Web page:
This Court has stated its preference for adjudicating disputes on the merits and affording parties a reasonable opportunity to present their claims.  Paul v. Hedson, 6 FSM Intrm. 146, 147 (Pon. 1993); Truk Transp. Co. v. Trans Pacific Import Ltd., 3 FSM Intrm. 440, 443 (Truk 1988); Lonno v. Trust Territory (III), 1 FSM Intrm. 279, 281 (Kos. 1983).  In this instance while plaintiff clearly has not followed section 24(1) of the Liability Act, I find the lack of complete compliance justified given the language of section 27.  Concerning plaintiff's failure to serve the notice required by section 8(2), no authority has been cited to me warranting striking the complaint or dismissing the action on such grounds alone.

     The Court seeks to arrive at a result equitable to both parties concerning the issue of compliance with the Liability Act.  The plaintiff in this action has raised legitimate questions regarding interpretation of key provisions of the Act.  At the same time, it is incumbent on the plaintiff to follow administrative procedures designated by state law prior to coming to Court unless and until such law is judged invalid.  Administrative review aids in clarifying the issues and claims involved, and may render litigation unnecessary.  The Court notes that the Liability Act does not specify any time limit for seeking administrative review of a claim.1  I can see no prejudice to either party, therefore, in staying these proceedings to allow administrative review of this matter to resume. Although neither party has moved for such action, the Court orders this remedy under its authority to grant appropriate relief to which parties may be entitled and in the interests of fair administration of justice.  FSM Civ. R. 54(c); 4 F.S.M.C. 117.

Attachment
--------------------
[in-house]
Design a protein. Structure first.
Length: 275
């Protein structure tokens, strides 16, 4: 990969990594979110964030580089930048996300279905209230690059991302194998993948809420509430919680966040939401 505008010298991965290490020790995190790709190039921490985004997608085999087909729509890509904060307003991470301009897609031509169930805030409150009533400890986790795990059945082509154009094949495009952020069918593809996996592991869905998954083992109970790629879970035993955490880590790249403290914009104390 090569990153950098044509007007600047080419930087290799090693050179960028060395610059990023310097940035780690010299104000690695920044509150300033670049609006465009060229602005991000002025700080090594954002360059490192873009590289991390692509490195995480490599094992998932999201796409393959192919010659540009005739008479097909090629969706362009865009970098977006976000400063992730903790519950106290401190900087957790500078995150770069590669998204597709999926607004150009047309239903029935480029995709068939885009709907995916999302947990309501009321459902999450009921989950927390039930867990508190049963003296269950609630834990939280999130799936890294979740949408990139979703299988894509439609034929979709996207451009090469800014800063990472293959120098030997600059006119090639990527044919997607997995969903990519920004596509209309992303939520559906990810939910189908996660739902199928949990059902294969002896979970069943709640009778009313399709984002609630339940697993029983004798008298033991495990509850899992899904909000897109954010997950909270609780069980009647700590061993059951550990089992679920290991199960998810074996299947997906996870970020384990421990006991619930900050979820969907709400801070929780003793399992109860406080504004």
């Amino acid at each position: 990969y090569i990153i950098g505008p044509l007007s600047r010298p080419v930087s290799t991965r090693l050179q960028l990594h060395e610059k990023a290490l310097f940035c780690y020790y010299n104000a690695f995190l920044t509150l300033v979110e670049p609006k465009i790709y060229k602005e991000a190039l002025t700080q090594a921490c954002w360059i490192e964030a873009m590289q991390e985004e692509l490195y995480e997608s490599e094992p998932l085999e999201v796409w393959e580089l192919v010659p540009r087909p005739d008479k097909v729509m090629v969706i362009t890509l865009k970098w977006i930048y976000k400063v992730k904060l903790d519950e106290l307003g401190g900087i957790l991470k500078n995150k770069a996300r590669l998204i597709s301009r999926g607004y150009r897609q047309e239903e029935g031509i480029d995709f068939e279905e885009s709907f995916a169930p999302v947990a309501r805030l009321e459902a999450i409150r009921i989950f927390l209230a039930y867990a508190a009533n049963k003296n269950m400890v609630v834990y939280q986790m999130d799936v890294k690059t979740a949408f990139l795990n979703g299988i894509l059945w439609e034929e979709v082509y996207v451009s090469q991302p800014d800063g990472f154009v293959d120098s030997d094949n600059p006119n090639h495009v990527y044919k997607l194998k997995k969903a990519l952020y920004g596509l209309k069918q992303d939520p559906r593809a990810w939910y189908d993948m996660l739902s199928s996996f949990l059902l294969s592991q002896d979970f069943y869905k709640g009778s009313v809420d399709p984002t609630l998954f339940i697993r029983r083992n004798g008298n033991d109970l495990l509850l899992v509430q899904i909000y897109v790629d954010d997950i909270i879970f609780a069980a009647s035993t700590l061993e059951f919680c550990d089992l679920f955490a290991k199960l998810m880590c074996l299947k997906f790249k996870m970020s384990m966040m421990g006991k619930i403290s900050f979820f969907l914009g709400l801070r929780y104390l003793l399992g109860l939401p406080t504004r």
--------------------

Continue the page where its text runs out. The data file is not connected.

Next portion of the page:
Because of my decision to stay this matter pending administrative review pursuant to S.L. 2L-192-91, I need not address plaintiff's arguments concerning the constitutional validity of the Liability Act.  I note, however, that upon completion of the administrative review process if the parties have not resolved their dispute, the Court may require that questions concerning the interpretation and constitutionality of certain provisions of the Act be certified to Pohnpei Supreme Court appellate division for decision.

     For the foregoing reasons the defendants' motion to strike the complaint or to dismiss the action is denied.
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1.  The statute of limitations in section 27 refers only to any "lawsuit" brought by a claimant.